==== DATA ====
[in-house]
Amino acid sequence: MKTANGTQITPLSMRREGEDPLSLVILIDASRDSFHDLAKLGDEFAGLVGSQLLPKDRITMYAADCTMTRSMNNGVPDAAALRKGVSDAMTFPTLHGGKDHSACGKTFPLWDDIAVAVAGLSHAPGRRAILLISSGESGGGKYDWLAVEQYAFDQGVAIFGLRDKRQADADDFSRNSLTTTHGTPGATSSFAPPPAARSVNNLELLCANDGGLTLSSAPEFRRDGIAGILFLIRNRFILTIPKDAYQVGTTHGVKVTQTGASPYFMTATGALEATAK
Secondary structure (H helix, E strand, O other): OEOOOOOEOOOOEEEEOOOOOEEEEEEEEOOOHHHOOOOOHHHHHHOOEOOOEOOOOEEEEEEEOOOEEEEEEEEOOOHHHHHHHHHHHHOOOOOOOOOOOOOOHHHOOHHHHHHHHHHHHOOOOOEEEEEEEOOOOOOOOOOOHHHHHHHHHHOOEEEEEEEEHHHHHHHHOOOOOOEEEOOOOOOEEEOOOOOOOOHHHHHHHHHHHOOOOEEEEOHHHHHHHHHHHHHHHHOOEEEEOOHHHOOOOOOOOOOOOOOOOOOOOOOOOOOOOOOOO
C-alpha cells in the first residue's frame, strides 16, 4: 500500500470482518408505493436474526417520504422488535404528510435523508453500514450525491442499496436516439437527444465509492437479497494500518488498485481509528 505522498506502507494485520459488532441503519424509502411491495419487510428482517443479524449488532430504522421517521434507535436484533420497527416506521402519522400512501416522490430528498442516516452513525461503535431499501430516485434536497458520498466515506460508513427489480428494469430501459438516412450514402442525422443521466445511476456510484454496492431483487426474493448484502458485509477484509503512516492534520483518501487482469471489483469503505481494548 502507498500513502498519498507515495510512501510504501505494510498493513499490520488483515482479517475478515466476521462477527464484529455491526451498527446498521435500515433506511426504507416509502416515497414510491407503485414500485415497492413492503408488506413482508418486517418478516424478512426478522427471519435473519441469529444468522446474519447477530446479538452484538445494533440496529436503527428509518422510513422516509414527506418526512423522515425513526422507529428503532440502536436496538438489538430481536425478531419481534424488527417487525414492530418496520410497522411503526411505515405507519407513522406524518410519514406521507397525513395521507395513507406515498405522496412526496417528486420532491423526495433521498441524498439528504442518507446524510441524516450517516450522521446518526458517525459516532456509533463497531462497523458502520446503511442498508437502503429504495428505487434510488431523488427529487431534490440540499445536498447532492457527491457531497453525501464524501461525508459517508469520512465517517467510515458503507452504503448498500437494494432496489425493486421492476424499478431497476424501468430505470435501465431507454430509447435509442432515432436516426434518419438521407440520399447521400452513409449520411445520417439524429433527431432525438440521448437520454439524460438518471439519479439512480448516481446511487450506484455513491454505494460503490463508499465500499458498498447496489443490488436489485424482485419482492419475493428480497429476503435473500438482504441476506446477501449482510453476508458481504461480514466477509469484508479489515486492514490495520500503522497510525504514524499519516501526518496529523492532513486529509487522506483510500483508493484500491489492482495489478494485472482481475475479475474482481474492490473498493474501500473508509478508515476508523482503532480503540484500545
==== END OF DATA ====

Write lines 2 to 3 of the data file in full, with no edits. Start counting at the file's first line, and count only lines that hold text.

Amino acid sequence: MKTANGTQITPLSMRREGEDPLSLVILIDASRDSFHDLAKLGDEFAGLVGSQLLPKDRITMYAADCTMTRSMNNGVPDAAALRKGVSDAMTFPTLHGGKDHSACGKTFPLWDDIAVAVAGLSHAPGRRAILLISSGESGGGKYDWLAVEQYAFDQGVAIFGLRDKRQADADDFSRNSLTTTHGTPGATSSFAPPPAARSVNNLELLCANDGGLTLSSAPEFRRDGIAGILFLIRNRFILTIPKDAYQVGTTHGVKVTQTGASPYFMTATGALEATAK
Secondary structure (H helix, E strand, O other): OEOOOOOEOOOOEEEEOOOOOEEEEEEEEOOOHHHOOOOOHHHHHHOOEOOOEOOOOEEEEEEEOOOEEEEEEEEOOOHHHHHHHHHHHHOOOOOOOOOOOOOOHHHOOHHHHHHHHHHHHOOOOOEEEEEEEOOOOOOOOOOOHHHHHHHHHHOOEEEEEEEEHHHHHHHHOOOOOOEEEOOOOOOEEEOOOOOOOOHHHHHHHHHHHOOOOEEEEOHHHHHHHHHHHHHHHHOOEEEEOOHHHOOOOOOOOOOOOOOOOOOOOOOOOOOOOOOOO